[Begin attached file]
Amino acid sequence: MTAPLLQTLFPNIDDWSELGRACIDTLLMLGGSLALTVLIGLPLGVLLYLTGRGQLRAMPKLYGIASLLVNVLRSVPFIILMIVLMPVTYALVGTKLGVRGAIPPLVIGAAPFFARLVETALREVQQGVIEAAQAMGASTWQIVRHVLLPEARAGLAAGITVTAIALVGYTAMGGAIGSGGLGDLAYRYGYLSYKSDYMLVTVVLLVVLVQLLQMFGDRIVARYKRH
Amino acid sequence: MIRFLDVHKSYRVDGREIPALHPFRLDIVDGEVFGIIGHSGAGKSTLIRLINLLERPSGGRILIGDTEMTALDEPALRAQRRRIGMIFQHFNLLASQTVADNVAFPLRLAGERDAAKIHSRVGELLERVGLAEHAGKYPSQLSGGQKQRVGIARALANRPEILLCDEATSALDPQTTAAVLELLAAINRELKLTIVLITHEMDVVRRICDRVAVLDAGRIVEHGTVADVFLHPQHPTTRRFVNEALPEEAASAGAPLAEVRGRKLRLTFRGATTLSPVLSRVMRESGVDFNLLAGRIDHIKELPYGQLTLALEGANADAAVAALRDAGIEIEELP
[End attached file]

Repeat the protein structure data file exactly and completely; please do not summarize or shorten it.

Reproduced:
Amino acid sequence: MTAPLLQTLFPNIDDWSELGRACIDTLLMLGGSLALTVLIGLPLGVLLYLTGRGQLRAMPKLYGIASLLVNVLRSVPFIILMIVLMPVTYALVGTKLGVRGAIPPLVIGAAPFFARLVETALREVQQGVIEAAQAMGASTWQIVRHVLLPEARAGLAAGITVTAIALVGYTAMGGAIGSGGLGDLAYRYGYLSYKSDYMLVTVVLLVVLVQLLQMFGDRIVARYKRH
Amino acid sequence: MIRFLDVHKSYRVDGREIPALHPFRLDIVDGEVFGIIGHSGAGKSTLIRLINLLERPSGGRILIGDTEMTALDEPALRAQRRRIGMIFQHFNLLASQTVADNVAFPLRLAGERDAAKIHSRVGELLERVGLAEHAGKYPSQLSGGQKQRVGIARALANRPEILLCDEATSALDPQTTAAVLELLAAINRELKLTIVLITHEMDVVRRICDRVAVLDAGRIVEHGTVADVFLHPQHPTTRRFVNEALPEEAASAGAPLAEVRGRKLRLTFRGATTLSPVLSRVMRESGVDFNLLAGRIDHIKELPYGQLTLALEGANADAAVAALRDAGIEIEELP